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- ESR Group revised downward its 2021 real gross domestic product (GDP), reducing growth projections from 5.4% to 4.9%.
- Annual inflation is expected to reach 5.7% by the end of 2021, which is higher than the previously projected 5.4%.
- To stave off high inflation, the ESR Group expects The Federal Reserve to begin tapering assets in the purchase program by the end of the year, and also expects the first federal funds rate hike to take place in the fourth quarter of 2022.
- Benchmark interest rates are expected to rise due to increased inflation expectations and the tightening of monetary policy.
For the third consecutive month, the Economic and Strategic Research (ESR) Group revised its full-year 2021 real gross domestic product (GDP) downward, slowing growth projections from 5.4% to 4.9%, reflecting a more pessimistic view of when the supply chain will get up to speed. The ESR Group also upwardly revised its inflation projections and expectations that service-related consumer spending will take longer to return back to normal.
Annual inflation, measured by the Consumer Price Index, is expected to reach 5.7% by the end of 2021, which is higher than the previously projected 5.4%. This is mainly due to elevated energy prices domestically and abroad. To stave off extraordinarily high inflation, the ESR Group expects The Federal Reserve to begin tapering assets in the purchase program by the end of the year, and also expects the first federal funds rate hike to take place in the fourth quarter of 2022.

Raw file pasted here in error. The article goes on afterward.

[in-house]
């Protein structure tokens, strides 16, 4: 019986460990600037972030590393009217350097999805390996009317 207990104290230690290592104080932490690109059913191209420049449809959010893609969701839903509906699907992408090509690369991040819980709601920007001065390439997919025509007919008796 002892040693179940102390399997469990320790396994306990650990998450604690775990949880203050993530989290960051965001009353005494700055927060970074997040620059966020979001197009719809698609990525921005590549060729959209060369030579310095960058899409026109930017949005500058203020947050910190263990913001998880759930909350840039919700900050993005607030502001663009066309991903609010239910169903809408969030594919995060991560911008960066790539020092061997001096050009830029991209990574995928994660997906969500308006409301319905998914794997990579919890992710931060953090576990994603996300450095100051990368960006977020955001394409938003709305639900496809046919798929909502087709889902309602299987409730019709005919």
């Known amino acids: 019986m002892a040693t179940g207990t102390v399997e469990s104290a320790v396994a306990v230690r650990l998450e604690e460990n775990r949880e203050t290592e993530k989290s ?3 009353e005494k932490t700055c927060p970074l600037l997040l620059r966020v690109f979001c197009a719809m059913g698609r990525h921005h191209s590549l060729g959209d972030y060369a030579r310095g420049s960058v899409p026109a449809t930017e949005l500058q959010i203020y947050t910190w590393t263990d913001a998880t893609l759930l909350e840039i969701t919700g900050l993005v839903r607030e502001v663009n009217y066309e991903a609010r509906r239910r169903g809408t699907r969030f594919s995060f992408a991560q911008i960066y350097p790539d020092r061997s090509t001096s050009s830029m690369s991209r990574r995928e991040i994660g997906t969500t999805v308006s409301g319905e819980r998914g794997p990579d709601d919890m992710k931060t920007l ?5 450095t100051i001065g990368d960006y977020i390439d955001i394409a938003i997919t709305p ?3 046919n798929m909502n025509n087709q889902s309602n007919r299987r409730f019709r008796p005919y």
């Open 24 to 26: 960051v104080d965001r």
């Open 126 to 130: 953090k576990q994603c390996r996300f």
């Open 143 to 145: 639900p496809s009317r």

“While we still view the supply chain disruptions and, to a lesser extent, labor market tightness as largely transitory, we now expect both to last even longer than we'd previously forecast – and also likely longer than the Federal Reserve anticipated," said Doug Duncan, Fannie Mae senior vice president and chief economist. "Combined with our expectation that inflation will run above-target over the forecast horizon, we foresee growing clamor from market participants for the Fed to begin tightening monetary policy: first by tapering asset purchases and then, in the fourth quarter of 2022, by raising the federal funds rate target range for the first time since December 2018.”
Additionally, the ESR Group found that supply chain disruptions for housing, including home price growth and mortgage rate expectations, go hand-in-hand with higher inflation. The ESR Group forecasts mortgage rates to average 3.3% in 2022, measured by the FHFA Purchase-Only Index, up from last month’s projection of 3.1%. Benchmark interest rates are expected to rise due to increased inflation expectations and the tightening of monetary policy.
Although the ESR Group expects home price growth to decelerate moving into 2022, it revised its home price growth forecast by 1.8 points to 16.6% for 2021, and 2.3 points to 7.4% for 2022. This is in large part due to tight inventory levels.
"Even a modest tightening of monetary policy would of course impact housing, but we expect the effects to be largely muted given current market conditions," Duncan continued. "Mortgage rates may rise in response to the tighter environment, but we expect the severe shortage of homes for sale to remain the primary driver of strong house price appreciation through at least 2022, limiting interest rate effects on home sales and home prices. Right now, we forecast mortgage rates to average 3.3 percent in 2022, which, though slightly higher than 2020 and 2021, by historical standards remains extremely low and supportive of mortgage demand and affordability."
New single-family home construction remains to be in high demand, but they are hindered by the same supply constraints, including the availability of materials and skilled labor. The ESR Group expects these issues will persist well into next year.
The full October 2021 Economic Outlook is available on Fannie Mae’s website.